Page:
Trailer Trash Beauty Queen

For all my POC friends, ESPECIALLY in Denton, cause you know them cops are racist as fuck.

karnythia:

The 5 things you gotta know before you let that cop into your house

kyssthis16:

velocicrafter:

riotisnotquiet:

THIS STUFF IS SOOO IMPORTANT TO KNOW.  Seriously.  It’s saved my ass before.

What do you do when you look through the peephole and see a badge?

  1. Remember: You do not have to let the police in the house unless they have a warrant — or probable cause. If you’re having a party, turn off the music, ask your guests to chill, and ask that anyone who’s too intoxicated carry on in another room.
  2. Go outside to speak with the cops. Close the door behind you. Although some scary precedents are being set these days, police cannot enter your home without a warrant or probable cause. By closing the door, you’re cutting off a visual — or olfactory — line to potential probable cause.
  3. Be polite. Ask why they are there. “Good evening, Officer. What can I help you with?”
  4. Where possible, assure them you will take care of the problem. If the police ask to enter, inform them, “I do not consent to any searches.” If a police officer gives you an order and you are confused about your position, ask, “Do I have to comply?” If they continue with questioning, tell them you’ll need to call your lawyer and that you will not answer any questions.
  5. Ask, “Am I free to leave?” This is especially handy if, say, a group of you’d been too bawdy on the patio and an officer stops by. If he/she is getting a bit hot under the collar, politely ask, “Am I being detained?” or “Am I free to leave?” If the cop has no reason to hold you, quickly, quietly, and politely retreat inside.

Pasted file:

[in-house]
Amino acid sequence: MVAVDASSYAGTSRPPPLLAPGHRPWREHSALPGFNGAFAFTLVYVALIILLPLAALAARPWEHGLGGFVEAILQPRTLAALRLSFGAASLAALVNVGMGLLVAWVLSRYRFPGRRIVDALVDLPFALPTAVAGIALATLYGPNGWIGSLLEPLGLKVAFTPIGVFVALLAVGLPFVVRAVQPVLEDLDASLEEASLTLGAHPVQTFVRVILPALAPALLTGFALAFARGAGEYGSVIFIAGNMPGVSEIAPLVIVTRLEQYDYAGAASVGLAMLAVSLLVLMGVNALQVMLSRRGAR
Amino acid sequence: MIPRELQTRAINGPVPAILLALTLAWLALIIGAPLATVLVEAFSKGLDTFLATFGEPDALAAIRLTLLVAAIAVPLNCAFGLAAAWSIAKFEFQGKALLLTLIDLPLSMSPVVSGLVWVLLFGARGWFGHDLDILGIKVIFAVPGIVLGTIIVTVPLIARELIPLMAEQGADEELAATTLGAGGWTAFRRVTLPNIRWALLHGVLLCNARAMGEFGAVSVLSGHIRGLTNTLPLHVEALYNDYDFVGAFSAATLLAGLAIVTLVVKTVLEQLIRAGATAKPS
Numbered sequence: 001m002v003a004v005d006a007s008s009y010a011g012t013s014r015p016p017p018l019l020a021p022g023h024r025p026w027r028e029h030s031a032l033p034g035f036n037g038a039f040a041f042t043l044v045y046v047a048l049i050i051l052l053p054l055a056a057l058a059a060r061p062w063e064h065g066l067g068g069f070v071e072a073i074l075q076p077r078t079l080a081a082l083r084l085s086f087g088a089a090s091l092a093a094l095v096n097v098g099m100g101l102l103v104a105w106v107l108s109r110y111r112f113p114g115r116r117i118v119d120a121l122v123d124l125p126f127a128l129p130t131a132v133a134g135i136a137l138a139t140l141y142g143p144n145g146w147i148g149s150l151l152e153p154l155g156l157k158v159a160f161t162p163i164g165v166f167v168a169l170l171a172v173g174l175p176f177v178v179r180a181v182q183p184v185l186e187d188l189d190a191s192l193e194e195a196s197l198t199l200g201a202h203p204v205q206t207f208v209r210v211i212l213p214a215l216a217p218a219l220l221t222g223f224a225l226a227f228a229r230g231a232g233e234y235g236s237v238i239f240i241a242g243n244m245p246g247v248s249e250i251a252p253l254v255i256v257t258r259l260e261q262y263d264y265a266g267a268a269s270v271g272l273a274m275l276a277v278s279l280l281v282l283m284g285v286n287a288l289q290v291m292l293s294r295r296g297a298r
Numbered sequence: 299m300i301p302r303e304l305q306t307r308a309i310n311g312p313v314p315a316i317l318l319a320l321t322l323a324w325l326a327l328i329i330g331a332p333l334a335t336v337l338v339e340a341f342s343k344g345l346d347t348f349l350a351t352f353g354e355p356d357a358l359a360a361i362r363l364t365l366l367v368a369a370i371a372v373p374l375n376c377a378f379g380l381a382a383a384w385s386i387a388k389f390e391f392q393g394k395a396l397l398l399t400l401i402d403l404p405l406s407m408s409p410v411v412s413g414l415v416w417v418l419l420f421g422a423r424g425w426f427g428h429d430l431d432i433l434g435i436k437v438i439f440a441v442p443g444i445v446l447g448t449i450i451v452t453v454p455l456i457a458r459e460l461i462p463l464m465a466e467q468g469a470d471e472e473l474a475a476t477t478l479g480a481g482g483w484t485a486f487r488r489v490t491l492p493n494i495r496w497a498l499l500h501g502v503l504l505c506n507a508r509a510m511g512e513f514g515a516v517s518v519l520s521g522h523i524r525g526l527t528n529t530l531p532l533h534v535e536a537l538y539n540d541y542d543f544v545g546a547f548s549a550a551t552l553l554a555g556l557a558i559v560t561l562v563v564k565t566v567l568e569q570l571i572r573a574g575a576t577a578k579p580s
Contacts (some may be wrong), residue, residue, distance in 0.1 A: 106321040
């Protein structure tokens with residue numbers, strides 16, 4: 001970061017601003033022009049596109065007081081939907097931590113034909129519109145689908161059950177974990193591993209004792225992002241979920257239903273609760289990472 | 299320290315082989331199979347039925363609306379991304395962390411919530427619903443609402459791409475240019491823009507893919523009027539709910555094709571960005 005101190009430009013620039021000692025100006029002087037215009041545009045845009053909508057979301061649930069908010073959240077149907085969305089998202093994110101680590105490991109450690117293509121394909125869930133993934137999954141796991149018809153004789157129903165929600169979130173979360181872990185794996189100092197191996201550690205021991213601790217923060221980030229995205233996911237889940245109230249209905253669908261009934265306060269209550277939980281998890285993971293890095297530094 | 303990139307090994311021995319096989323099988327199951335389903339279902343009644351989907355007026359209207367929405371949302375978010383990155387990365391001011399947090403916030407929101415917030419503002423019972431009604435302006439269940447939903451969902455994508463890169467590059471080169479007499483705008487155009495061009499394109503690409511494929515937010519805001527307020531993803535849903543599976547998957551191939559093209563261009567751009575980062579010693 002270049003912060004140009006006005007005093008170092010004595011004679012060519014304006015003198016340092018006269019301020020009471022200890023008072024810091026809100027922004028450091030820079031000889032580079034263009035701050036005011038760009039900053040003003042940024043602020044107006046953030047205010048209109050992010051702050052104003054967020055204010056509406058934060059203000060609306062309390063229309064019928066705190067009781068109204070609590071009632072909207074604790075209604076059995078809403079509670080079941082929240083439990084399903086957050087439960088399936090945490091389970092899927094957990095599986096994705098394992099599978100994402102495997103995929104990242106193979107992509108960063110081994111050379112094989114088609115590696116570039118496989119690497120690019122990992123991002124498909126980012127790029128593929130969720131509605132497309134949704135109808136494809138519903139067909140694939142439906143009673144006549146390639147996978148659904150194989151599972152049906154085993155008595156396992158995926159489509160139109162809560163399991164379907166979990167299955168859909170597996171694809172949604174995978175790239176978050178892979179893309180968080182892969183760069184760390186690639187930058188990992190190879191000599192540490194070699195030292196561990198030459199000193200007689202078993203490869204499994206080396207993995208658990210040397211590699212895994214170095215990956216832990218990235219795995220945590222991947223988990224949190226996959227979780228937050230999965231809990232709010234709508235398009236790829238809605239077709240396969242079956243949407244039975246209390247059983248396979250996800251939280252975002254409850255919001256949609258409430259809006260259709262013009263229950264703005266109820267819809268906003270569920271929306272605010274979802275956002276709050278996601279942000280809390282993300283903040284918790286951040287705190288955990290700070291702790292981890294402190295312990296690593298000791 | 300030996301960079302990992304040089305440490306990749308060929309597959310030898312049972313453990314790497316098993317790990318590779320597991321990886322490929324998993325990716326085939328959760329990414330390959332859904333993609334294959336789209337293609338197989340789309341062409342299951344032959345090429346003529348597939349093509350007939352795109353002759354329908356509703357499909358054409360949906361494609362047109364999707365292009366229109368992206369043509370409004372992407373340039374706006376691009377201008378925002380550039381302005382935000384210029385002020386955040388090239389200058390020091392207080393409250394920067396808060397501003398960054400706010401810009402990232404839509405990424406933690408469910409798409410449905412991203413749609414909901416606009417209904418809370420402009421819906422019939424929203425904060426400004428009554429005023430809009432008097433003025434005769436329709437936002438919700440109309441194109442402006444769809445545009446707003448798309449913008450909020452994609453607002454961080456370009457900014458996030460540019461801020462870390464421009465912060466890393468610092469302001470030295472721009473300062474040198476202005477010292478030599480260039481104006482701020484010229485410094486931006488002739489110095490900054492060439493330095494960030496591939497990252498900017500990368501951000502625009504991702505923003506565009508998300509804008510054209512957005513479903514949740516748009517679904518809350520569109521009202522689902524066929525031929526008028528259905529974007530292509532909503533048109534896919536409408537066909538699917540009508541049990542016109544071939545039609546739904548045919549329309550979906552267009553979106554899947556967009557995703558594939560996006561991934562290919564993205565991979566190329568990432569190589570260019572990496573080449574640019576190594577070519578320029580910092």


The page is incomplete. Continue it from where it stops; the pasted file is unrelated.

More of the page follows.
The POC’s Bill of Rights when it comes to the Police. Remember. These are your rights. 

(Source: bohemianarthouse, via blueklectic)

jazn:

I always reblog this as a matter of principle.
Very pertinent to today’s events. I’m thinking this material should be distributed amoung the protestors. 
I’m reblogging this because here in the U.S. the average person (myself included) is never really taught these things, as though there is an expectation that only criminals would need to know how to deal with the police, and that all police will have your best interest in mind. But really, you never know when you might end up in a nightmare situation where your rights aren’t being respected, and so it helps to have some idea how to protect yourself — especially if you aren’t doing anything wrong.

jazn:

I always reblog this as a matter of principle.

Very pertinent to today’s events. I’m thinking this material should be distributed amoung the protestors. 

I’m reblogging this because here in the U.S. the average person (myself included) is never really taught these things, as though there is an expectation that only criminals would need to know how to deal with the police, and that all police will have your best interest in mind. But really, you never know when you might end up in a nightmare situation where your rights aren’t being respected, and so it helps to have some idea how to protect yourself — especially if you aren’t doing anything wrong.

(Source: a-la-maquina)